Oct 30, 2023 6 min read

xxd Command on Linux with Examples

Learn xxd command in Linux with our step-by-step tutorial. The xxd command on Linux creates hex dumps and converts hex to binary.

xxd Command on Linux with Examples
Table of Contents


Before we discuss xxd command in Linux, let's understand-What is xxd Command ?

The xxd command is a powerful utility on Linux used for creating hex dumps, converting hex to binary, and reversing the process. It provides a flexible and efficient way to inspect and manipulate binary files.

On Linux, the text is converted to hexadecimal numbers using the xxd command. It is a command-line tool that displays the contents in an intuitive manner so that the data's structure can be more easily understood. Hexadecimal to binary conversion and hexadecimal to regular text conversion are both possible with the xxd command.

This tutorial introduces the xxd command and its usage. We will also address a few FAQs on xxd Command on Linux.

Install the xxd Utility

Several Linux distributions already include the xxd utility. By executing the following commands, you can add it to your Linux distribution if your system lacks it:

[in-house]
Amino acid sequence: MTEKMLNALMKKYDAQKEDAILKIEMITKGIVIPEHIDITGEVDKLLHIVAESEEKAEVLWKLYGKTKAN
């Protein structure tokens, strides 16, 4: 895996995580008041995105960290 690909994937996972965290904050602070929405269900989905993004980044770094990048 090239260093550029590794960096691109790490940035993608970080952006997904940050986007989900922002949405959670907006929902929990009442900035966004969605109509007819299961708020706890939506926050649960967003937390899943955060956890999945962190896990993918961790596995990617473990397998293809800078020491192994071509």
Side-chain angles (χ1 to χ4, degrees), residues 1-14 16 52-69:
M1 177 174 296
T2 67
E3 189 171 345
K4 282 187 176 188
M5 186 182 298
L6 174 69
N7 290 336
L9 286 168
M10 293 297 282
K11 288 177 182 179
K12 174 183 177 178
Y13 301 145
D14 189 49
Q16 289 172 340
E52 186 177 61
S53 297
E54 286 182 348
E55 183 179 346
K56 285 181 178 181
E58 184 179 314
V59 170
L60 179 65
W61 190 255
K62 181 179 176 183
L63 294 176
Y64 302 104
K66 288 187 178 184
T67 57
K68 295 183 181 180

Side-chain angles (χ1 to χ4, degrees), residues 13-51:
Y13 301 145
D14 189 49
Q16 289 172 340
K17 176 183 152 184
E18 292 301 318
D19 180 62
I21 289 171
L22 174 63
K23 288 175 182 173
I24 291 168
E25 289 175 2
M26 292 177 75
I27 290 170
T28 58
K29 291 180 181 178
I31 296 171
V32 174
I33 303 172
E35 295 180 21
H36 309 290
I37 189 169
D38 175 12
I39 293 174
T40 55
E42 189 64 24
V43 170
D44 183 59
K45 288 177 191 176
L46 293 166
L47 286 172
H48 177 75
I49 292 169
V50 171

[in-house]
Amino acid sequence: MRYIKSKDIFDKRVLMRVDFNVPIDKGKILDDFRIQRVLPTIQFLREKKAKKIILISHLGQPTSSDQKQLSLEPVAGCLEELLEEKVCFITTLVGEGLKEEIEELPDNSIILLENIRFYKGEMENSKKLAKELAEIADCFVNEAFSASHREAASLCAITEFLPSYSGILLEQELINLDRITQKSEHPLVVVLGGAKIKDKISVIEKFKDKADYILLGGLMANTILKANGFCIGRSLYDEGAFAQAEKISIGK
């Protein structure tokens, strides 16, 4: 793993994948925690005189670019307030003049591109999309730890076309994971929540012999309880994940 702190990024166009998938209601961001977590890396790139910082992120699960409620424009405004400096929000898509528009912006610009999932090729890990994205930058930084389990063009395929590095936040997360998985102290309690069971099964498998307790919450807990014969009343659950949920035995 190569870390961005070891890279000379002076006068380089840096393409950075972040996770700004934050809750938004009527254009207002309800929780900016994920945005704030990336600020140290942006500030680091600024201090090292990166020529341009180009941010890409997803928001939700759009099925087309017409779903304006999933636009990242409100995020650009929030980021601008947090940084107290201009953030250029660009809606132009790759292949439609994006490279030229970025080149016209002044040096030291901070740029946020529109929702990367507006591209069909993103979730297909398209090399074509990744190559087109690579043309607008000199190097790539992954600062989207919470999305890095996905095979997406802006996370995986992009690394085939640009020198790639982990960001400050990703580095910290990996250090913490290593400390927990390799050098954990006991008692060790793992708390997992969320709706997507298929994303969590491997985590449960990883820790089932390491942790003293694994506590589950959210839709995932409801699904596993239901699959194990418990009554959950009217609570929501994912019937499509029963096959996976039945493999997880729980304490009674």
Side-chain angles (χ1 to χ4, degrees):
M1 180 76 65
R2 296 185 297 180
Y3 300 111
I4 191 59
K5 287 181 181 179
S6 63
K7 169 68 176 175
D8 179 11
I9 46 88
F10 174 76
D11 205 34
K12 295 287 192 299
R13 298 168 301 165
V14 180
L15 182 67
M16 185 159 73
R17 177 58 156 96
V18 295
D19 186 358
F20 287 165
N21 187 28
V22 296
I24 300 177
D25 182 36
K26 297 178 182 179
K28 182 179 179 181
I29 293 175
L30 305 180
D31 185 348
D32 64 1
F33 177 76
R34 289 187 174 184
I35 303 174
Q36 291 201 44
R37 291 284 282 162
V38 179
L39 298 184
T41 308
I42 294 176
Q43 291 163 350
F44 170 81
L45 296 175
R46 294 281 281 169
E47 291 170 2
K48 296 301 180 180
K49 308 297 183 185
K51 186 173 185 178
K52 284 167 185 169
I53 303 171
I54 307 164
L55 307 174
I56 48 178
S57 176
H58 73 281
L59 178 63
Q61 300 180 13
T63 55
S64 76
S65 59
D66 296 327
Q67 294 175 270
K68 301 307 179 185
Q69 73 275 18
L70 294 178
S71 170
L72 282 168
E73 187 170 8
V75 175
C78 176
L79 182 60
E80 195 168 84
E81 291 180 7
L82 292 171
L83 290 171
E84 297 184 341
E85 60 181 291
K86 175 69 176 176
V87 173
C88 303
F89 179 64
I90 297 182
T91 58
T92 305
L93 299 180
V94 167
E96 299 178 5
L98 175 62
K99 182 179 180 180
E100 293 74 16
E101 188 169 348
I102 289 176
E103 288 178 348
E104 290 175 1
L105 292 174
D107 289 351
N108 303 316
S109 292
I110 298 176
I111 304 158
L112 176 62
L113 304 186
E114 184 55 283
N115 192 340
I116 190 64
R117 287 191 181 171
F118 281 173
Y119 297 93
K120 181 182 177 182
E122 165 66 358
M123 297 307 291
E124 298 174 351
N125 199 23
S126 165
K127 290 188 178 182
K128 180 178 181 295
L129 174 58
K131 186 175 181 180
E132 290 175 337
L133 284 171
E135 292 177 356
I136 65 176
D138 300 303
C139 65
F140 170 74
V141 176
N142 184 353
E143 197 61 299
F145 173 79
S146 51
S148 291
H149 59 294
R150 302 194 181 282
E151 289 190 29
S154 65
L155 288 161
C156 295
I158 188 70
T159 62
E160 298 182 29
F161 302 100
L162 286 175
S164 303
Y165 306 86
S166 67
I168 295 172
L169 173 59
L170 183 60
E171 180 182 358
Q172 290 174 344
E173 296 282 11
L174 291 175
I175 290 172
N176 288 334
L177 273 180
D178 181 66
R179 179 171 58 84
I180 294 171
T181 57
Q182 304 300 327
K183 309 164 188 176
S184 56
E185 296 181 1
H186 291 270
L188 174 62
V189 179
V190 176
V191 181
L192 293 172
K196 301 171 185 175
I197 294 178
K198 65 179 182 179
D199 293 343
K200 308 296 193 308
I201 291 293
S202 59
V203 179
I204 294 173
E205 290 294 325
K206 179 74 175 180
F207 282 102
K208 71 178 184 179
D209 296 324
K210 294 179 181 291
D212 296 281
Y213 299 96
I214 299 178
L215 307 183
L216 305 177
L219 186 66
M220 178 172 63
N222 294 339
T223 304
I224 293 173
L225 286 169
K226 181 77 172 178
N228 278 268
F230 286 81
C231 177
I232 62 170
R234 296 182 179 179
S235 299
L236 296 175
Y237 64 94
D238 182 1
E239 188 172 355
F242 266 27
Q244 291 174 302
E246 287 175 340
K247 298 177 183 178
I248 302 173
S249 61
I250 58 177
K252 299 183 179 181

sudo apt install xxd               #To install xxd in Debian-based distros
sudo dnf install vim-common        #To install xxd in RHEL-based distros
sudo pacman -S xxd                 #To install xxd in Arch Linux

How to use xxd Command Explained with Examples?

The xxd command can be used to change the hexadecimal output. The general syntax for the xxd command on Linux is as follows:

xxd <options> <file-name>

The following command is explained:

  • xxd: Indicates the use of the xxd tool.
  • options: To format the hexadecimal output, provide the desired xxd command option.
  • file-name: The filename of the data you want to convert to hexadecimal must be specified.

The following built-in options are available with the xxd command:

Options Uses
c Set the column length by formatting the bytes of data per line.
s Start with the line that has been specified.
l Set a maximum length for the output.
b Display the binary format of the file's content.
u The values should be displayed in uppercase letters.
r Convert the hexadecimal data back into regular text.
g Hexadecimal data bytes are grouped together into a specific number.

Note: This tutorial will use the file "testfile.txt" to execute the following examples:


Example 1: Default Behaviour of the xxd command

The xxd command by default displays 16 bytes of data per line, including white space and line breaks. Use this command, for instance, to examine the "testfile.txt" default output of the xxd command:

xxd testfile.txt

The following information about the file data is displayed in the xxd command output:

  • First Column (Column 1): The file's first row offset.
  • Middle Columns (Columns 2-4): Save data in hexadecimal (hexdump).
  • Last Column (Column 5): The highlighted original data from the specified file has 16 hexadecimal bytes per line, with one digit representing each hexadecimal byte.